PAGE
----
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What is everyone reading this week?

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message 2: by Deborah (new)

Deborah | 10 comments I've read Mary Karr's The Liars Club and Cherry and am in the midst of Lit. So much of it recalls my childhood.

message 3: by Lisamarie (new)

Lisamarie | 3 comments The brand new Scarlett Thomas, _Our Tragic Universe_. LOVE HER!

message 4: by Yousef (new)

Yousef (malapropist) | 1 comments I just finished Into Thin Air by Jon Krakauer and Me Talk Pretty One Day by David Sedaris, and I'm halfway through Ficciones by Borges but I've put it down for now. I think I'm going to start reading Generation X by Douglas Coupland, because I really enjoyed his Microserfs.

Natalie, did you enjoy that Murakami book? I've heard good things about him but I've also heard his books are overrated. I was thinking of buying a copy of one of his books because none of them are available on

message 5: by Leslie (new)

Leslie (chatongriffes) | 6 comments I just finished Android Karenina--by the same people who did Pride and Prejudice and Zombies. It was better than P&P&Z, I thought, because it wasn't an exact facsimile of the story with some weird stuff thrown in. Though it was parallel to the real Anna Karenina down to the paragraph level, the setting was changed to an Orwellian dystopian future and there were some subplots dependent on that. It was different enough from the original that I actually finished it to see what would happen.

I think the rest of my reading this week will be to finish One Drop by Bliss Broyard. It's memoir interwoven with history, so it's taking me longer than outerspace robots.

message 6: by Ohenrypacey (new)

Ohenrypacey | 13 comments I'm reading Lowboy. Very quick read.

message 7: by Rob (new)

Rob (kanata) | 19 comments I'm reading Paul Is Undead. The British music invasion if John Lennon became a zombie shortly after birth and the resulting consequences.

message 8: by Greg (new)

Greg Erskine (gregnog) | 20 comments I'm reading Perfume. Great so far, though I'm only about 40 pages in. It was recommended to me by my ladyfriend, who was like, "It's about a guy who smells things and kills people!" I was sold!

message 9: by Joe (new)

Joe | 2 comments Nowadays, I'm reading Randy Wayne White's 'Dark Light,' Isa Chandra Moskowitz' brunch book and a couple '80s Diagram Group books about natural history.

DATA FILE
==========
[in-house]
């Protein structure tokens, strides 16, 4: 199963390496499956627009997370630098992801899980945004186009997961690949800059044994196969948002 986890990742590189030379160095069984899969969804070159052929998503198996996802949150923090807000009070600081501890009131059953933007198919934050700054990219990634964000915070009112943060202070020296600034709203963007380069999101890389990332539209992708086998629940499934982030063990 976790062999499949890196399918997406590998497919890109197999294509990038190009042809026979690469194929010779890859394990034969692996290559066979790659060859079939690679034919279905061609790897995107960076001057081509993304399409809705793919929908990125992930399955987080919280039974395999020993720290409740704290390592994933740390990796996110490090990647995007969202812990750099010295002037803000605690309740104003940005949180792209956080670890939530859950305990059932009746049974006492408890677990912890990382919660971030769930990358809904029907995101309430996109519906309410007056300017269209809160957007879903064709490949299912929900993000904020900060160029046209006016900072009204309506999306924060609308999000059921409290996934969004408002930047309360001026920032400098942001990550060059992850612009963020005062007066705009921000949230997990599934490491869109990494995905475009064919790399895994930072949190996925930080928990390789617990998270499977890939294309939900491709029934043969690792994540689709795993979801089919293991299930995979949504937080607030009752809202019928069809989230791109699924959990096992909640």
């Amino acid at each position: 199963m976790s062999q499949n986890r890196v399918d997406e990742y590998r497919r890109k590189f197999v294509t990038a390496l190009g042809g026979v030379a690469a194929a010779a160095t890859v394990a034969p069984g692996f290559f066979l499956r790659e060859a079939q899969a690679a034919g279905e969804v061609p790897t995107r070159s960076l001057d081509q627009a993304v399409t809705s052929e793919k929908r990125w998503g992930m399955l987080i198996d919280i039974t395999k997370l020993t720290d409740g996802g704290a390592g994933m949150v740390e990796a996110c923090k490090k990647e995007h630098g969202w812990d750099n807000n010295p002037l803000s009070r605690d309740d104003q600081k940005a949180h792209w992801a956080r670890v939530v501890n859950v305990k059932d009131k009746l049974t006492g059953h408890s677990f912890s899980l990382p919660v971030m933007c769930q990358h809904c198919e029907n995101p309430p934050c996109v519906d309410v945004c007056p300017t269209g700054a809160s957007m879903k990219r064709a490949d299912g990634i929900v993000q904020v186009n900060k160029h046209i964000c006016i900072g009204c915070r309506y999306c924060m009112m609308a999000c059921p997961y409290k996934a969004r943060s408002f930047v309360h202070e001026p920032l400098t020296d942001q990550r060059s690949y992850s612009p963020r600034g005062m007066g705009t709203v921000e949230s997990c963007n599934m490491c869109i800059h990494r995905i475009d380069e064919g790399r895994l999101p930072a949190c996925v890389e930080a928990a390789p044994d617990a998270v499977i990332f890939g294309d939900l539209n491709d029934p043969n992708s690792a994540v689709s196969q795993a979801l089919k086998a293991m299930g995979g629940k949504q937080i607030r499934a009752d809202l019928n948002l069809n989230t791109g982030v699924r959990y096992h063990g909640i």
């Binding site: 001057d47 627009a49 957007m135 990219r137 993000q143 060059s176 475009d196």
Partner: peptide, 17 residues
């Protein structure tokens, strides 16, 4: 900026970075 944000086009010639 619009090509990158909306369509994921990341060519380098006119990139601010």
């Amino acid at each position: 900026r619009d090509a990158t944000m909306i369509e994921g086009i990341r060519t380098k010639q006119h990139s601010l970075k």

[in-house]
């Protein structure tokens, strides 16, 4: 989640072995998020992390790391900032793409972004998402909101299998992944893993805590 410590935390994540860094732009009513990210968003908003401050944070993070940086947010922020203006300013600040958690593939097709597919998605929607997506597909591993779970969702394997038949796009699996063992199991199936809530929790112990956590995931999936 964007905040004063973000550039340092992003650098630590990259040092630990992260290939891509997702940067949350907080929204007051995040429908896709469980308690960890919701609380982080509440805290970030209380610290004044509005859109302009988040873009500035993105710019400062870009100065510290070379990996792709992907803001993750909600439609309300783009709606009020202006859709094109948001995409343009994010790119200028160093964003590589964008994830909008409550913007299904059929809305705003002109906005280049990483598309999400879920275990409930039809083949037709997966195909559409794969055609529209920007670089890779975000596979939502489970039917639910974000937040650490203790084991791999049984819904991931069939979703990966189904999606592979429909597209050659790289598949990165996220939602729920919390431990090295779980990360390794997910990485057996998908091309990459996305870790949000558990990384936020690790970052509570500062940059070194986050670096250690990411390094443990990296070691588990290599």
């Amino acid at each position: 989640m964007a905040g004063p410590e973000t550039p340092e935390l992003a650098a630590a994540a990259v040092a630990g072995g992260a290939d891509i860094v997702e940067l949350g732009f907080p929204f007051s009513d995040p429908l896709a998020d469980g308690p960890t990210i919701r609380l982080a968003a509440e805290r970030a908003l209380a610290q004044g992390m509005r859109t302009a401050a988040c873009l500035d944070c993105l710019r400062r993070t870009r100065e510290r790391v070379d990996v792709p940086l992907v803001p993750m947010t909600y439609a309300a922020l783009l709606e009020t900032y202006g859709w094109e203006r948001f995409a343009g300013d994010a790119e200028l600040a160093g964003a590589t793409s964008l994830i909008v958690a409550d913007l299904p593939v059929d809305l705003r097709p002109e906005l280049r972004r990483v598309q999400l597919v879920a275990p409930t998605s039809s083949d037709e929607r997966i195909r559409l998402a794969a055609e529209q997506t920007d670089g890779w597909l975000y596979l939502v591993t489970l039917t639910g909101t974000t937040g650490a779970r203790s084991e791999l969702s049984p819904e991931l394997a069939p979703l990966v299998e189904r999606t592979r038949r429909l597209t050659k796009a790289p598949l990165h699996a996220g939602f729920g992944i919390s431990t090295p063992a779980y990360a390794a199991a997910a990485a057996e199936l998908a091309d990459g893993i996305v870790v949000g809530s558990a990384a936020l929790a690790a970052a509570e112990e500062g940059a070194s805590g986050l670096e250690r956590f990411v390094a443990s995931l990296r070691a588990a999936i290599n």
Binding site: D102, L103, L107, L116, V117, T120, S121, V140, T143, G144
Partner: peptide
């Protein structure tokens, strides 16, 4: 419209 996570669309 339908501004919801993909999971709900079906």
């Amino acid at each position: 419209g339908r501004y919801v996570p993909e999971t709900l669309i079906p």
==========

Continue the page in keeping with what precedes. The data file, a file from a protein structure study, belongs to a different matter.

message 10: by Greg (new)

Greg Erskine (gregnog) | 20 comments What's the brunch book like?

message 11: by Catherine (new)

Catherine (metafiltersbrwife) | 36 comments I'm reading The Name of the Wind, The Kingkiller Chronicles, Day One, and listening to A Clash of Kings. And now and then I read a little more of Faithful Place. I guess I have an ADHD approach to my reading.

message 12: by Ohenrypacey (new)

Ohenrypacey | 13 comments I'm reading the Secret Knowledge of Water by Craig Childs, it's beautiful.

message 13: by Deborah (new)

Deborah | 10 comments For the last month or so I've been reading a whole bunch of fairly entertaining crap given to me by my mum over the last year or so. After I get through it all and donate it, I'll go back to getting stuff from the library.

message 14: by Jill Heather (new)

Jill Heather (jillheather) | 3 comments I am reading Elizabeth I by Margaret George (which I am really enjoying), the Traitor to the Throne books by CC Finlay, and trying to get into China Mieville's Embassytown.

message 15: by Greg (new)

Greg Erskine (gregnog) | 20 comments I'm about halfway through Game of Thrones, and I think I'm gonna give it up; I just finished Season One of the TV series, and I greatly prefer the visuals of the TV show to the prose of the book. So! I'm thinking I may finally give Murakami a try, as I've never read anything by him and constantly feel like I was supposed to at some point.

message 16: by Catherine (new)

Catherine (metafiltersbrwife) | 36 comments Greg, you might want to try Game of Thrones in audio form. I'm listening to the next book in the series, Clash of Kings, with Roy Dotrice narrating. That's how I "read" Book I of the series, too, and I think it may be the best of both worlds, because you get the dramatic performance aspect of the TV series via Dotrice's voicing of the characters, and the book subtleties about what everyone is thinking and back plots.

message 17: by Bitteroldpunk (new)

Bitteroldpunk | 2 comments Thanks to the recent MetaFilter thread, I'm now reading Josephine Tey's "The Franchise Affair". At the same time, I'm reading the latest Mira Grant zombie thrilled, "Deadline", which is proving to be, well, less than satisfying. Not bad, but not as gripping as the first book. Needs moar zombies!

message 18: by Lisamarie (new)